2. As a first step, the organization’s top-level objectives should be defined. This will help set up the top priorities, and everyone will be aligned to contribute to it accordingly.
  3. OKR should be defined at the Shared department or team level and not on an individual level only.
  4. Don’t forget to assign a reliable resource to each OKR. It will also help in driving achievements for OKRs.

 

KPI (Key Performance Indicators)

 

KPIs (Key Performance Indicators) are the measure which is used to evaluate and analyze performance. It enables the organization to assess the business performance on defined parameters (or indicators). KPIs are defined as business metrics and which present the business performance. It is defined on a high business level and monitored at regular intervals like monthly, quarterly, etc.

 

OKR vs. KPIs

 

OKRs and KPIs are both used to measure the performance of the team and are also measurable. Even though the similarities can be confusing, but both are pretty different. KPIs are used to measure performance and perform relevant analysis, but it does not provide us the transparency of what needs to be addressed or improved for positive progress or growth. They are also high-level business performance measures that can be analyzed monthly, quarterly, half-yearly, or yearly.

Compared to KPIs, OKRs are different as they provide us the performance measure and help us decide what needs to be improved or changed for the organization’s positive growth. This provides us with the areas of improvement, and then by defining the objectives and key results, we can work on the progress and monitor how much we are getting close to that objective. OKR is a strategic level framework, whereas KPI is the measures that are not defined at the strategic level but exist within the strategic level framework.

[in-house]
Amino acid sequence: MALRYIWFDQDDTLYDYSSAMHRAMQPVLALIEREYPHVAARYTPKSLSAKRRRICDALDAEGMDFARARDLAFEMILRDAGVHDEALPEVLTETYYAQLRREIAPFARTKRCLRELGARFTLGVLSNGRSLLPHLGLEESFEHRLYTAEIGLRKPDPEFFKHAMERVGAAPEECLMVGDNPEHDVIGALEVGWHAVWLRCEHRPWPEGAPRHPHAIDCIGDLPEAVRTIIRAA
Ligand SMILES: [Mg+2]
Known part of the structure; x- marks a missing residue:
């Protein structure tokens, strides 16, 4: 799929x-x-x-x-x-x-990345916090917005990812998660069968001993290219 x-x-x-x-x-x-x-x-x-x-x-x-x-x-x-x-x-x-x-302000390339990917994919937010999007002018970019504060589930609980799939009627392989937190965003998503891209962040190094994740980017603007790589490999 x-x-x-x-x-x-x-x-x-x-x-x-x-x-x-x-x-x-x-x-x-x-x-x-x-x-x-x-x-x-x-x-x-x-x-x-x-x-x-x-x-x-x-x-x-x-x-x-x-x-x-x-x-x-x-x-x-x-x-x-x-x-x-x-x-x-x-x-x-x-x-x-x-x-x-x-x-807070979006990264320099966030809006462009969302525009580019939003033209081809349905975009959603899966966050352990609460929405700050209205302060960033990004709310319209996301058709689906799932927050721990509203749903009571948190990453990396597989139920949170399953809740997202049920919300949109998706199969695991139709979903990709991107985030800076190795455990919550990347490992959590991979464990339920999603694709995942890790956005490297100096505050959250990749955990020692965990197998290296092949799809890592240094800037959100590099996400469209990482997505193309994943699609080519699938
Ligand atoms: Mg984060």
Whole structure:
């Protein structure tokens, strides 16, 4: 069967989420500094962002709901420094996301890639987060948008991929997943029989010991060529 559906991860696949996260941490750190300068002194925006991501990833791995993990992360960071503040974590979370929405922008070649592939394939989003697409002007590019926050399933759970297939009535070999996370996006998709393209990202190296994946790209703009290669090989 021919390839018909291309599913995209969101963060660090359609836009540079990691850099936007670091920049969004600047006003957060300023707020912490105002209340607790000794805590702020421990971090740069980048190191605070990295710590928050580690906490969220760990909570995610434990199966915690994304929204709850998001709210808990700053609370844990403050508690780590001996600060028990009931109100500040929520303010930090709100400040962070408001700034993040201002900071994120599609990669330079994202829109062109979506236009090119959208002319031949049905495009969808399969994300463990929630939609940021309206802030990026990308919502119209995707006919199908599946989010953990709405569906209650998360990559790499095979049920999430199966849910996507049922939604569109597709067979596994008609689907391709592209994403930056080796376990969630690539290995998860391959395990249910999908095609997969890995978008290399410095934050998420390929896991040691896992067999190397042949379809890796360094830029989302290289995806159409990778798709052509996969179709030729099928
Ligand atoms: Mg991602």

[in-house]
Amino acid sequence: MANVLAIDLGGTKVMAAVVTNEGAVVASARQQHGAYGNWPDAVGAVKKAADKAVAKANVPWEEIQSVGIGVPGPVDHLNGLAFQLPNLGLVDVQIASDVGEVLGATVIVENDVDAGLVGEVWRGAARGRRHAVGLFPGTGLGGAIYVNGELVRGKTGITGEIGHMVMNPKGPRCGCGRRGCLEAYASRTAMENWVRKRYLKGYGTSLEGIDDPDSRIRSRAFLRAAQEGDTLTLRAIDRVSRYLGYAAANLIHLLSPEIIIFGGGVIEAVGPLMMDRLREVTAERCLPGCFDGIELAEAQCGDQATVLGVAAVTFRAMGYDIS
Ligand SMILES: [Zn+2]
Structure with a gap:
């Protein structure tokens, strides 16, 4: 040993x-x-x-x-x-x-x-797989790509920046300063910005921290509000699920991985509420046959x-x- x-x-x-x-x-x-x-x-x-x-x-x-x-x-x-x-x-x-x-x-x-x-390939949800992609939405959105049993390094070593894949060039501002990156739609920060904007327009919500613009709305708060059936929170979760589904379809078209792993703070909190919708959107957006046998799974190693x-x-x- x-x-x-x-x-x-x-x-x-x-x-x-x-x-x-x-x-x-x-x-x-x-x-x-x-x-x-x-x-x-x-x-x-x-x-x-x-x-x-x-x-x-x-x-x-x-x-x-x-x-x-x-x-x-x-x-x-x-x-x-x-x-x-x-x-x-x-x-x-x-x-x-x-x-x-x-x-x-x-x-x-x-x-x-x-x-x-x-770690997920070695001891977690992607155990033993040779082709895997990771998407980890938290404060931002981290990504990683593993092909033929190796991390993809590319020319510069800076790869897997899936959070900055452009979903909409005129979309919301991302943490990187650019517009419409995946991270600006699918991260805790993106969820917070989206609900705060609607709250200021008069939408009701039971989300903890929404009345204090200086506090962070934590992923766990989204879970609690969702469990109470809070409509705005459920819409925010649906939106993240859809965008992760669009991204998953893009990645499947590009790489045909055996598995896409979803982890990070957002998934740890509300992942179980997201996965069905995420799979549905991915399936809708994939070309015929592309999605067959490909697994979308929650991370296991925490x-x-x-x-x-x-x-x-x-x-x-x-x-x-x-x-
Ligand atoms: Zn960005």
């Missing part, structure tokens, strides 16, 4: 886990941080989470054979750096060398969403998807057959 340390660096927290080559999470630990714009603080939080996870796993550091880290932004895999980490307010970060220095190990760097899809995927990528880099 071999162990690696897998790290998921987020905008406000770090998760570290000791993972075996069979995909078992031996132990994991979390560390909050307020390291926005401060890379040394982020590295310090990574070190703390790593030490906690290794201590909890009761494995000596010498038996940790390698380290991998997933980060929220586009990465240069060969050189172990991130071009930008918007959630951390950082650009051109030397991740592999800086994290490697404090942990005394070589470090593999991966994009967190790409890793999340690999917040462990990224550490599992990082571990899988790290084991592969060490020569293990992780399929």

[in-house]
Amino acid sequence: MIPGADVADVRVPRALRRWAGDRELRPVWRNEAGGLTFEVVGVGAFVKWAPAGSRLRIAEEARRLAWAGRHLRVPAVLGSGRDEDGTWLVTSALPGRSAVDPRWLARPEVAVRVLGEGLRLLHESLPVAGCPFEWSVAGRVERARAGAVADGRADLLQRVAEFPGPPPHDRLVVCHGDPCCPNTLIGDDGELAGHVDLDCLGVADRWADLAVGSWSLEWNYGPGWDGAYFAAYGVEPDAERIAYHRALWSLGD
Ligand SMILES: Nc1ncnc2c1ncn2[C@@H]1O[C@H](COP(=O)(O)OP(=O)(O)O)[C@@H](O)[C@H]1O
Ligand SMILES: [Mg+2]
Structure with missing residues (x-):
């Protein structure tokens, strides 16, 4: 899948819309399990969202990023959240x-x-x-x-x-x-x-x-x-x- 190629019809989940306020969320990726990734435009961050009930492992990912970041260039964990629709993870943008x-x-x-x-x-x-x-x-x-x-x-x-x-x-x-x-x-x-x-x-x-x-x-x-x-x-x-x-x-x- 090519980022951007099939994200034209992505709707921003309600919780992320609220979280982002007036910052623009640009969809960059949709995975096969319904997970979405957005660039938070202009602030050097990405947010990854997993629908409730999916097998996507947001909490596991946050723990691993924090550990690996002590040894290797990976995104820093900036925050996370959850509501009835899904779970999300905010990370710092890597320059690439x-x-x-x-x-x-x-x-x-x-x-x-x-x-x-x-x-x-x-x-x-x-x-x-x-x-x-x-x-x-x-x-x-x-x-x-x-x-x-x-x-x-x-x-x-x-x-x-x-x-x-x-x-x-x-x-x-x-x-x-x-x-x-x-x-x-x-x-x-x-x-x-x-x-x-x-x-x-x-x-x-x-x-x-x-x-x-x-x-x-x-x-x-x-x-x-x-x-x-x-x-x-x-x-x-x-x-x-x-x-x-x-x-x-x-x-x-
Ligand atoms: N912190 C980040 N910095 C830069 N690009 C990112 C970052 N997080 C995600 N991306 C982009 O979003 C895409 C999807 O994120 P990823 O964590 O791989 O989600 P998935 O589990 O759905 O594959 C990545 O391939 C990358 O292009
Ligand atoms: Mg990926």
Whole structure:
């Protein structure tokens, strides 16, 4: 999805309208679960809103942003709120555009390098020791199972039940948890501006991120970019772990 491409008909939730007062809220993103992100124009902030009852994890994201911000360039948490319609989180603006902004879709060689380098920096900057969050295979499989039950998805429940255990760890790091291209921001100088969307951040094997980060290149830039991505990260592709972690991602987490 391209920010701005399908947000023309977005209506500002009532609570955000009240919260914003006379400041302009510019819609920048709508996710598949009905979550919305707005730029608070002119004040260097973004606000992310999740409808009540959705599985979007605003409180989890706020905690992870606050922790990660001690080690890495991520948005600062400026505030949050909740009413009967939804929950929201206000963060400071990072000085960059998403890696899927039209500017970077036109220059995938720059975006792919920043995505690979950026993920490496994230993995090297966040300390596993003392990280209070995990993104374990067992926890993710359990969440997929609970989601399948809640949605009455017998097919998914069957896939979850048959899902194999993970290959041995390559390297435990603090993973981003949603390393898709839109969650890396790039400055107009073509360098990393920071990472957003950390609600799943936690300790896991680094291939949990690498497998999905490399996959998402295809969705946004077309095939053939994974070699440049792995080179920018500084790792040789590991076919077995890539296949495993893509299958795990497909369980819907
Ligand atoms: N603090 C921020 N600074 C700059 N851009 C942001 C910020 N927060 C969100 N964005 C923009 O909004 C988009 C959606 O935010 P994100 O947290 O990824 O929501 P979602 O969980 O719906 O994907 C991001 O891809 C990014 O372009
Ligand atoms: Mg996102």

Significant differences in OKR and KPIs are detailed in the table below:

 

Key Performance Indicators (KPIs) Operations & Key Results (OKRs)
A metric to reflect business performance Goal Setting methodology emphasizes improved performance
Utilize for performance management and measurement Emphasize alignment within the organization, collaboration, and focus
Top-Down Approach Two Way Approach – Top-Down and Bottom-Up
Once identified and set, not changeable for a long duration Flexible and Agile – Can be changed
Defines the performance level which needs to be achieved Specifically related to an area of improvement to focus on

 

Even though there are similarities and differences between OKRs and KPIs, both are critical for any organization. When both are appropriately defined, they add an important layer that measures the performances of processes and initiatives/ objectives, and that’s how organizations enable themselves to monitor that if they are moving in the right direction.

PPM Express has the most effective solution for setting, tracking, and achieving your OKRs. Once your objectives are set, you’ll be able to track how projects contribute, track progress, encourage alignment, and encourage participation around measurable outcomes.